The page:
by Chad Taylor
Q: Am I required to provide breaks to employees?
A: According to the United States Department of Labor, federal law does not mandate any kind of breaks for employees. However, the law does state that if an employer provides breaks up to 20 minutes, they are to be paid. The law also states that if an employer provides a specific lunch break — that is, a break where an employee is relieved of all duties for the express purpose of eating a meal — it is not required to be paid. If your office has the habit of “working lunches,” where employees eat at their desks while answering emails or taking phone calls, those are paid minutes, under federal law. At the state level, while some states have specific laws governing breaks, Iowa has no such additional requirements. The lone exception to this rule covers minors under the age of 16, where Iowa law mandates an unpaid 30-minute break for a shift five hours or longer.
Q: What kind of concessions am I required to make for new mothers?
A: Under both federal and state guidelines, maternity leave is unpaid. For businesses with 50 or more employees, the Family Medical Leave Act (FMLA) of 1993 requires up to 12 weeks of leave be provided for serious health conditions, bonding with a new child or preparation for a family member’s military service. For smaller companies that do not meet the FMLA requirements, Iowa law provides for up to eight weeks of leave for time off relating to pregnancy, childbirth or related conditions. Maternity leave is covered under those guidelines, as are any prenatal visits, bed rest due to pregnancy complications, or hospital stays brought about from childbirth. Additionally, both federal and state labor laws dictate that an employer must provide a clean and private space for a new mother to breastfeed or pump, with breaks usually correlating with the company’s usual break schedule.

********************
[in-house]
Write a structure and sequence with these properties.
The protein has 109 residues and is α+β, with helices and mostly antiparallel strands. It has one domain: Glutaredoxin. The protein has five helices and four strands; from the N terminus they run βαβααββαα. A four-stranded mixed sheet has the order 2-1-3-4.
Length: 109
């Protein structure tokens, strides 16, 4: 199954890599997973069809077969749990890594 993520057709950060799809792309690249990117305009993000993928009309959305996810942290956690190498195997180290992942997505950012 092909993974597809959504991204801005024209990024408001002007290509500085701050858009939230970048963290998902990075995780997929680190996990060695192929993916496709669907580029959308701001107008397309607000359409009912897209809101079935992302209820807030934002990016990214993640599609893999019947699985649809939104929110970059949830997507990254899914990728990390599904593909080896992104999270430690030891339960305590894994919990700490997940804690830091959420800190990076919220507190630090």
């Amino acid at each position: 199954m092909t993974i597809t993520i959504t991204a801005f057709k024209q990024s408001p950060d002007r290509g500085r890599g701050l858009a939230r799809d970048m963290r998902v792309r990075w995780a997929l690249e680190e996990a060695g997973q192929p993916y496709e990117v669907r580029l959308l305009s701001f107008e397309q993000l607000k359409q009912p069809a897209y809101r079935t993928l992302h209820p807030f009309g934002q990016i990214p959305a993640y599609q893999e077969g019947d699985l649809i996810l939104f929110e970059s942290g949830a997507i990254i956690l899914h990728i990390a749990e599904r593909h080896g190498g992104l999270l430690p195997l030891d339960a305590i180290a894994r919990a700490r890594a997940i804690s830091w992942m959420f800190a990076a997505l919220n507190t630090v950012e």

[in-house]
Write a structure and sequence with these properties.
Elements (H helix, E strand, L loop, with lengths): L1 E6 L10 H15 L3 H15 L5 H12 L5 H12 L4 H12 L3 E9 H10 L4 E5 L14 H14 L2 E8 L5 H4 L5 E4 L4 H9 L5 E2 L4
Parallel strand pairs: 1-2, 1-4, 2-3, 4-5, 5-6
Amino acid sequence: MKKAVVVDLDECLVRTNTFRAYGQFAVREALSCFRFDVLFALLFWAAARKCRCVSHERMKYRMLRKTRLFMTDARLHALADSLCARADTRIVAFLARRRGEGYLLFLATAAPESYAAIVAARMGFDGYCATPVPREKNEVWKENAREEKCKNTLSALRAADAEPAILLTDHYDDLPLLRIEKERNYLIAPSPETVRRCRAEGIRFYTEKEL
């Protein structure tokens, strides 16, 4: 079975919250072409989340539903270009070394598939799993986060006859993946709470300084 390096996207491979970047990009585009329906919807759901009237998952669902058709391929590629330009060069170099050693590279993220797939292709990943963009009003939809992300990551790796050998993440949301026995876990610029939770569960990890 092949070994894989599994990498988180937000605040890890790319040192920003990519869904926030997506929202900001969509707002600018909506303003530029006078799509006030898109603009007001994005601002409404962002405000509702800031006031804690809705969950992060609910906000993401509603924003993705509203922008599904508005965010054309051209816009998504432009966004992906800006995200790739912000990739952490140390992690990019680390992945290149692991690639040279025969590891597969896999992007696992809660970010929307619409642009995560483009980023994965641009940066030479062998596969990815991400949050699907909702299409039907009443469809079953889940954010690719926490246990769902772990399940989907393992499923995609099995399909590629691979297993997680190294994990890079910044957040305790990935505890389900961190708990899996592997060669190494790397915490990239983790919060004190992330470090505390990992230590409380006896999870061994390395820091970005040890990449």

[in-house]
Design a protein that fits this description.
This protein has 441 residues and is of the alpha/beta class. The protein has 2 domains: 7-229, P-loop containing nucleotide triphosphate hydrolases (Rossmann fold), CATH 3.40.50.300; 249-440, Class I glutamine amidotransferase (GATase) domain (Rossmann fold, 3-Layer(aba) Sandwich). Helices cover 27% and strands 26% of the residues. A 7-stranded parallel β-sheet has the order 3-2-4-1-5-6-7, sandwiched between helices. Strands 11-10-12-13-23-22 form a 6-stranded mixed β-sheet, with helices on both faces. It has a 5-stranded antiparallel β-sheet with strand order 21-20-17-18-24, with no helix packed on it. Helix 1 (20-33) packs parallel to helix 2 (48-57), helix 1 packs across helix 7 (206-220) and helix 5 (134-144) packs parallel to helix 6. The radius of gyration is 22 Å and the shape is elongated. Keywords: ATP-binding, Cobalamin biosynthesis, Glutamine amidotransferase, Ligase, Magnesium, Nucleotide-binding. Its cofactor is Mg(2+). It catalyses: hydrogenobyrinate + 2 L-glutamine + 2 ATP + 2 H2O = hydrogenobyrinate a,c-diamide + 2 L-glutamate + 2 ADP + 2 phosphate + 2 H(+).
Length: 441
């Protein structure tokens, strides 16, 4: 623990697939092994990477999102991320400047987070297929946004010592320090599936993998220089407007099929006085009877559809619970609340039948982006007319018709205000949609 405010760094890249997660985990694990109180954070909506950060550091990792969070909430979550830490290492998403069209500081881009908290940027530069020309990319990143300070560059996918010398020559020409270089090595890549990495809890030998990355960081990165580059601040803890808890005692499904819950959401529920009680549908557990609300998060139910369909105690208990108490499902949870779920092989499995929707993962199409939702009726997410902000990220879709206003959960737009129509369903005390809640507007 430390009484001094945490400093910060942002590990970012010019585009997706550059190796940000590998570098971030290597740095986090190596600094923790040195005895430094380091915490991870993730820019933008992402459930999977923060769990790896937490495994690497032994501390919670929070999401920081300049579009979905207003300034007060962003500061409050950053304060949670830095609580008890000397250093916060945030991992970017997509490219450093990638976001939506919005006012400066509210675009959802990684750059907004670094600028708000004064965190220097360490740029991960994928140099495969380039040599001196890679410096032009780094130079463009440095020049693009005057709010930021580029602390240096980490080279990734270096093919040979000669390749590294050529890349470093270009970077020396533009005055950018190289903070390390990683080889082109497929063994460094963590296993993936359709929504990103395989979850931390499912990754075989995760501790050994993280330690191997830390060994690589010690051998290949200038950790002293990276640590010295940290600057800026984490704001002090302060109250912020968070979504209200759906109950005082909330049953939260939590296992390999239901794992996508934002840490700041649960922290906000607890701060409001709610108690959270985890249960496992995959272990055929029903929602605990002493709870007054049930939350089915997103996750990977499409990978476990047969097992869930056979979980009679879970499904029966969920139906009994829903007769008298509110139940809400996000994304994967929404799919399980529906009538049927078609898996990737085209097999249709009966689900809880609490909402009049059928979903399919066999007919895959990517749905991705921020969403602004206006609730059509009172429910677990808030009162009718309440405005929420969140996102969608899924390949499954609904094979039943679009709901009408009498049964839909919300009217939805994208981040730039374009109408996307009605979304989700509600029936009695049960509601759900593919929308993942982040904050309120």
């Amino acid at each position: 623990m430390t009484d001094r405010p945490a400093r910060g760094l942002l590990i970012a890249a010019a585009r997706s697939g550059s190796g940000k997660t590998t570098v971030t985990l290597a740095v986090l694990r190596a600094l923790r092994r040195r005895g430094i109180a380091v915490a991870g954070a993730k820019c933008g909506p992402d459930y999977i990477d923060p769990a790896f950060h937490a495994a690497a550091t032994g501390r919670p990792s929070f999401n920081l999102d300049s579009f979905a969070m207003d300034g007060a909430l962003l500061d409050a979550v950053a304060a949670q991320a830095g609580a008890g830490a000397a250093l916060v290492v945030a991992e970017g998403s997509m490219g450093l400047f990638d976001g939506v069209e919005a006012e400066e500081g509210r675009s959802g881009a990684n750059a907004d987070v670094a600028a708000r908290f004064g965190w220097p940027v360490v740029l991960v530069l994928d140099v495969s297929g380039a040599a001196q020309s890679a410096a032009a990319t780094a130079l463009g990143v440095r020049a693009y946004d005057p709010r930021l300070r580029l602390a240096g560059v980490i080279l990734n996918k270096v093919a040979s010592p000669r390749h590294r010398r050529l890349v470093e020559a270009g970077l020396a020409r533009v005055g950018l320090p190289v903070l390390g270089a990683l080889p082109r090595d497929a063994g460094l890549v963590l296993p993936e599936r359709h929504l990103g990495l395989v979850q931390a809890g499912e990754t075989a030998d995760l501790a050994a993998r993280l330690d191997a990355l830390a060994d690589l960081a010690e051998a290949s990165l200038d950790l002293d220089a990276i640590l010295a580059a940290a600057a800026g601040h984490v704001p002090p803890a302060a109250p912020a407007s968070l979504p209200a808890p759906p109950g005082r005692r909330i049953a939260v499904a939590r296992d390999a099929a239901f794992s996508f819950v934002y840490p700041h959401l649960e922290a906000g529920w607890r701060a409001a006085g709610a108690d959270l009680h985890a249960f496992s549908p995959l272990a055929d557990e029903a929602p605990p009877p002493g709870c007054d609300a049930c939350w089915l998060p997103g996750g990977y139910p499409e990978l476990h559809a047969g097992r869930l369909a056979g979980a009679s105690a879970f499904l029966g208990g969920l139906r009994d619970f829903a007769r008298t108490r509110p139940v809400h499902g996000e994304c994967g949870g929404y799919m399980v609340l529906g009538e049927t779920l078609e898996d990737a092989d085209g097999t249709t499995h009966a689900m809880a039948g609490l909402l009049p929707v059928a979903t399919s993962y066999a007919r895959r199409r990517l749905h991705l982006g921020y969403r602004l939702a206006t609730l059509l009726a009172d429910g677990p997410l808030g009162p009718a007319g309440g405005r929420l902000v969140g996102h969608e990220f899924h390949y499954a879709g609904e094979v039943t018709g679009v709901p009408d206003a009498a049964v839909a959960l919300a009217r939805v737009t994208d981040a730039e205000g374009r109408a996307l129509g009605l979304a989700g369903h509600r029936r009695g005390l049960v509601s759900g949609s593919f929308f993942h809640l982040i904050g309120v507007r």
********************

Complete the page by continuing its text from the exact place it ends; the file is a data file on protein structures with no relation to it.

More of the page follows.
Q: Can I prevent or discourage employees from discussing their pay with one another?
A: For the most part, no. Section 7 of The National Labor Relations Act (NLRA) prohibits companies from limiting employees discussing pay for “collective bargaining or other mutual aid.” Although the wording may seem a little vague, National Labor Relations Board has made very clear interpretations over the years, resoundingly on the side of employees’ rights to discuss salary and wages. So as a general rule, employees are allowed to share their pay information with one another freely. Exceptions to this rule are any employees who deals directly with company wage and payroll information revealing other employees’ wages, and anyone working for municipal governments or religious schools.
Even if your company requires employees to sign non-disclosure agreements, they may still legally discuss pay in the workplace.
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